"Andy respects him and Ivan has realised Andy needs to play closer to the baseline."
It also took Lendl five grand slam finals before he claimed his maiden title - at the 1984 French Open - before going on to win seven more.
"There is such a similarity (between the two)," added Taylor. "It will have given Andy more belief to see Ivan go on to win many grand slams and it took him five (finals).
"He (Lendl) has made a great difference, he is a great character and has gelled the team together."
Taylor continued: "Andy is on top of the world, very few people can beat him and now with the added confidence from the Olympics I am sure he will go on to win many grand slam titles and become number one in the world.
"Finally British tennis is back on the map."
Former British player Andrew Castle, who now commentates on tennis on TV, said Murray had been inspired by the crowd after losing the Wimbledon men's final to Federer to go on to beat the same opponent to claim Olympic gold.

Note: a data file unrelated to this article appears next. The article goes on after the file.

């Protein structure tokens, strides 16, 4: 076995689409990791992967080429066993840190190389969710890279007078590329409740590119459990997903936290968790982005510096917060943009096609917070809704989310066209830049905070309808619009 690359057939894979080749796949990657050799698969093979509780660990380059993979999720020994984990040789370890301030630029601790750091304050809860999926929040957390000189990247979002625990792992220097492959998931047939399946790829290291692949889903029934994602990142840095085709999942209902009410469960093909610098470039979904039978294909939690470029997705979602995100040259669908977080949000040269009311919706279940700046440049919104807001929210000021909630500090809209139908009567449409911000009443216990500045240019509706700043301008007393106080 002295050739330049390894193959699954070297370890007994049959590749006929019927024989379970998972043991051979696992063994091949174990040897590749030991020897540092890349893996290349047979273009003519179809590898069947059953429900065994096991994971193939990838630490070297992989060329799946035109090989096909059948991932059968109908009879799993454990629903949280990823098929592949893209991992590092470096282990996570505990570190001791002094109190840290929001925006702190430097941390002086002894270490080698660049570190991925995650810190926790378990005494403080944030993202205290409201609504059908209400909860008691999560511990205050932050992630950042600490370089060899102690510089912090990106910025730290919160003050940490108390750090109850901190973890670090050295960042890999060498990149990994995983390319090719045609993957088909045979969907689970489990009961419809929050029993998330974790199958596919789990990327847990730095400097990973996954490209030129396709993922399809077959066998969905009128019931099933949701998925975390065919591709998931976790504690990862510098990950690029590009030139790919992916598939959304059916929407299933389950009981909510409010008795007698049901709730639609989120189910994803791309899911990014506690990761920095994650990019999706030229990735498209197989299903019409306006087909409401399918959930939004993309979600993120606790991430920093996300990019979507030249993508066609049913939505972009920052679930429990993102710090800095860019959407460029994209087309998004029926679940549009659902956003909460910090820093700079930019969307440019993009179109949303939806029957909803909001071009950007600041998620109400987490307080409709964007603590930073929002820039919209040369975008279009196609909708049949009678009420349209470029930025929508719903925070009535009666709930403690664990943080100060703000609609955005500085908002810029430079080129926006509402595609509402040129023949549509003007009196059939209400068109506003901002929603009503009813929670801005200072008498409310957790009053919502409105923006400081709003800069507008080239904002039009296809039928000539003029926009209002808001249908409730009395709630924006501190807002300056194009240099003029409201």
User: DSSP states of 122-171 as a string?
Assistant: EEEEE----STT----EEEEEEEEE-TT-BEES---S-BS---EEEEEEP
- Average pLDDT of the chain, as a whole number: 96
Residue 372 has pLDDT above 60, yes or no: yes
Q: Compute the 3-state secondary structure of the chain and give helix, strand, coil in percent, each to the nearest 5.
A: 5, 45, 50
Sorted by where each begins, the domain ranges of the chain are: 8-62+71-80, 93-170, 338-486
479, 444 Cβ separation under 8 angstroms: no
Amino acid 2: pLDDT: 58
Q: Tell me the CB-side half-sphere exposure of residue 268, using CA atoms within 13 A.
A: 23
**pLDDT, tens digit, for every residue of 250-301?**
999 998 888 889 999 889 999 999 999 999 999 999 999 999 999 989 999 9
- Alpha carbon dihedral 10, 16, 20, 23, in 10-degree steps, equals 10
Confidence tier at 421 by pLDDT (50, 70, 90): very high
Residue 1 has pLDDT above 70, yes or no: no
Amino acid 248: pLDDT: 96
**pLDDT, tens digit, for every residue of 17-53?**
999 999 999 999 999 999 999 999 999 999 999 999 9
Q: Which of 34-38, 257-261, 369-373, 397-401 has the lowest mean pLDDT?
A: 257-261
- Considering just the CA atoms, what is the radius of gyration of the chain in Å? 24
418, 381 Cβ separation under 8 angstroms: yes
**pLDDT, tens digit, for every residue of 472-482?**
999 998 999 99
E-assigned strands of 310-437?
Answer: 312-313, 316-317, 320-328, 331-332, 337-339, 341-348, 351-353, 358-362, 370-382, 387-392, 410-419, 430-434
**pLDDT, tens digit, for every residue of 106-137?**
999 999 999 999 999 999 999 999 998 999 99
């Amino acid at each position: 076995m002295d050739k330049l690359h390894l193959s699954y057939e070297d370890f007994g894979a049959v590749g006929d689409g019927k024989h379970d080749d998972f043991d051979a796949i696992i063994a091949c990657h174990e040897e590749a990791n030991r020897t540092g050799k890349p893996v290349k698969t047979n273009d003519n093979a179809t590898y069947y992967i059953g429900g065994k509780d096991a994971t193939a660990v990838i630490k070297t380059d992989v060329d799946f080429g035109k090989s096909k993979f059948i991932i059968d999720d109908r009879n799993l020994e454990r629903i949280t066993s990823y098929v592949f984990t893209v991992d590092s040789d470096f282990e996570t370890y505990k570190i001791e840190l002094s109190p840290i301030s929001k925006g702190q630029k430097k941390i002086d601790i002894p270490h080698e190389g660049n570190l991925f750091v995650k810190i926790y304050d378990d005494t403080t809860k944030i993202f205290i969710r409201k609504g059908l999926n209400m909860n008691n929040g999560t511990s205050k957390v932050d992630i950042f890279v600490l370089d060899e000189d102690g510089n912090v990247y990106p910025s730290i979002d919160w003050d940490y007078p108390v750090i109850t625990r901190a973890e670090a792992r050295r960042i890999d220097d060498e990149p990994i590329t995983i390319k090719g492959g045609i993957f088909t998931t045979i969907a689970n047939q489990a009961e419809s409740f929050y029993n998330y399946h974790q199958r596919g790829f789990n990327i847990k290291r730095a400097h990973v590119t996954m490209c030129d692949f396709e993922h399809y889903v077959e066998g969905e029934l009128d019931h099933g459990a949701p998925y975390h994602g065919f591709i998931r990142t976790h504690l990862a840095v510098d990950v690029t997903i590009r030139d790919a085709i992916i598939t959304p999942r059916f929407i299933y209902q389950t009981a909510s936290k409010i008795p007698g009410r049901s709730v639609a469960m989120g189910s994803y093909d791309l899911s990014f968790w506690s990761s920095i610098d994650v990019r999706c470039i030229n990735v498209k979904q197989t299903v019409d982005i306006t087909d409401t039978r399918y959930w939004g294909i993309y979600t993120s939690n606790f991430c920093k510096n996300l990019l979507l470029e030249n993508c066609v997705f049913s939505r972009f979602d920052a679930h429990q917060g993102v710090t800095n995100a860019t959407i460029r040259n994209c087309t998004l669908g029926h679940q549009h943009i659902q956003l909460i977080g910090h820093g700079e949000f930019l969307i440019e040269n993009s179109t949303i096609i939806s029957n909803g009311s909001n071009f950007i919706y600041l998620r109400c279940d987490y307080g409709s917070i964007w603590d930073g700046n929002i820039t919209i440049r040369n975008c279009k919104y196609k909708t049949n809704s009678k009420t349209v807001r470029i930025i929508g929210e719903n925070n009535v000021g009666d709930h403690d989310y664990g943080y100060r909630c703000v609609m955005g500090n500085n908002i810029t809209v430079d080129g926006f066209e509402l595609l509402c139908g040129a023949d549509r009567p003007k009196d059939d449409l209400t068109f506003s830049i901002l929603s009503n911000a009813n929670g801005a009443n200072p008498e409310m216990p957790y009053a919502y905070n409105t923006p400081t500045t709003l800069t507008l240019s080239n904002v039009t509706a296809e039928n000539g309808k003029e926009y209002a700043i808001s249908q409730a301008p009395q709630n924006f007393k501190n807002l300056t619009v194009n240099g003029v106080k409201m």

"What helped him to that was the crowd, the spirit we have had this summer," said Castle, paying tribute to the part British fans have played throughout the Olympics and Paralympics.
"I cannot believe that Great Britain got it so right. Now the challenge is to keep it all going," Castle added on BBC Radio Five Live.
Roger Draper, chief executive of the LTA, said: "We are really proud of Andy and what he has achieved. We see the hard work that he puts in day in and day out. It's a fantastic achievement for Andy."
Draper praised Murray for winning Olympic gold against Federer and then silver in the mixed doubles with Laura Robson before claiming the US Open, playing in an era which features Federer, Rafael Nadal and Djokovic.
"To win Olympic gold, to beat the greatest tennis player on Centre Court, to then win the silver with Laura Robson and then again to go out and be the first British man in 76 years to win a grand slam has been a phenomenal achievement," Draper added on BBC Radio Five Live.
"He's done it in an era where you've got not just Roger Federer, the greatest player that's probably ever lived, but you've got Rafa Nadal, Novak Djokovic as well."